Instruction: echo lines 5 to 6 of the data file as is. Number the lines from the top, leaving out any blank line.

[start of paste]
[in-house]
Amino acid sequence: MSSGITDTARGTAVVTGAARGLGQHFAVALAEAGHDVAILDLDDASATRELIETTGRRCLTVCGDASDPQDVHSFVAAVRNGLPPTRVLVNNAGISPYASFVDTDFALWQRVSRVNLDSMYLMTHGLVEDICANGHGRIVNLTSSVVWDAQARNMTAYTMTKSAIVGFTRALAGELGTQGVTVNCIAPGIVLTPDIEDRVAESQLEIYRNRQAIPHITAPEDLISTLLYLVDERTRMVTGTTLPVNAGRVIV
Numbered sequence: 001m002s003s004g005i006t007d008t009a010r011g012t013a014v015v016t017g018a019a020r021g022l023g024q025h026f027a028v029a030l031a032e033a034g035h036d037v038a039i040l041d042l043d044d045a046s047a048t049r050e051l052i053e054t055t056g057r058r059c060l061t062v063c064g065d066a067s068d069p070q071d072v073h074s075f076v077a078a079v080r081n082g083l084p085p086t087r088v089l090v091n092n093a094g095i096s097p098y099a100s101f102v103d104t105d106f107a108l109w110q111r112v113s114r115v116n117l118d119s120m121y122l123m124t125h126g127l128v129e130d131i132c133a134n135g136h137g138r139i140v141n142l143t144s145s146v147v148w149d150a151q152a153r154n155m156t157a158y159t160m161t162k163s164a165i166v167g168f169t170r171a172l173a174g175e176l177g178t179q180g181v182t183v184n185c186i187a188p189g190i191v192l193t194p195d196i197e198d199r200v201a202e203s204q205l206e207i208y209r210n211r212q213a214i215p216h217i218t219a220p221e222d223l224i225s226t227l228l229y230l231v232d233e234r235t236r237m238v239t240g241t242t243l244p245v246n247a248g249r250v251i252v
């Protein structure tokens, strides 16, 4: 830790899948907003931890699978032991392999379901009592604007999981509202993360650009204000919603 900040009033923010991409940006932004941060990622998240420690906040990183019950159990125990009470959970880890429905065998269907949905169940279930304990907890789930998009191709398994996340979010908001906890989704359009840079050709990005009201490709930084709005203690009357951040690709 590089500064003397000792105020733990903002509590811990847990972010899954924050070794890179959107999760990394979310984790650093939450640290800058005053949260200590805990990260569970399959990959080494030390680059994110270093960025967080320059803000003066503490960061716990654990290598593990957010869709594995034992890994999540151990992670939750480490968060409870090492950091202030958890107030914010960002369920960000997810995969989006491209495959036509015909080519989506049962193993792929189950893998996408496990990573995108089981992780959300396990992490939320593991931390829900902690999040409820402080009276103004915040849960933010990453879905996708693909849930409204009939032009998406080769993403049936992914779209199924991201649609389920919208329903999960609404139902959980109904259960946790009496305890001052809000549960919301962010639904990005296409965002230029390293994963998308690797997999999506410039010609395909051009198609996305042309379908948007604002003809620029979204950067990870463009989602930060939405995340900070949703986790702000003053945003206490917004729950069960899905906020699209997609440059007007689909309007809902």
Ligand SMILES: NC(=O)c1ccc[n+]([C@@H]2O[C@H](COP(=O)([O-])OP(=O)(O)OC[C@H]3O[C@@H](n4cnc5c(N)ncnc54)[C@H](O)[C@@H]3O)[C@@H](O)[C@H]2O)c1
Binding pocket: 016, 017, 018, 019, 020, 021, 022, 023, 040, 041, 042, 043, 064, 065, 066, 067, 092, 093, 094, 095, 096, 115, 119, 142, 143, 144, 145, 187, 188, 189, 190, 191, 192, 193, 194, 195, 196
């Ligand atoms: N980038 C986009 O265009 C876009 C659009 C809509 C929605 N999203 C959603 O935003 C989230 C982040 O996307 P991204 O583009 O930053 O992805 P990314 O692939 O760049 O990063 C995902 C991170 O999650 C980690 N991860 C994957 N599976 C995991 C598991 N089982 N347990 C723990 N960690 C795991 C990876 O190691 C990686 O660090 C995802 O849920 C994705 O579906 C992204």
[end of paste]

Ligand SMILES: NC(=O)c1ccc[n+]([C@@H]2O[C@H](COP(=O)([O-])OP(=O)(O)OC[C@H]3O[C@@H](n4cnc5c(N)ncnc54)[C@H](O)[C@@H]3O)[C@@H](O)[C@H]2O)c1
Binding pocket: 016, 017, 018, 019, 020, 021, 022, 023, 040, 041, 042, 043, 064, 065, 066, 067, 092, 093, 094, 095, 096, 115, 119, 142, 143, 144, 145, 187, 188, 189, 190, 191, 192, 193, 194, 195, 196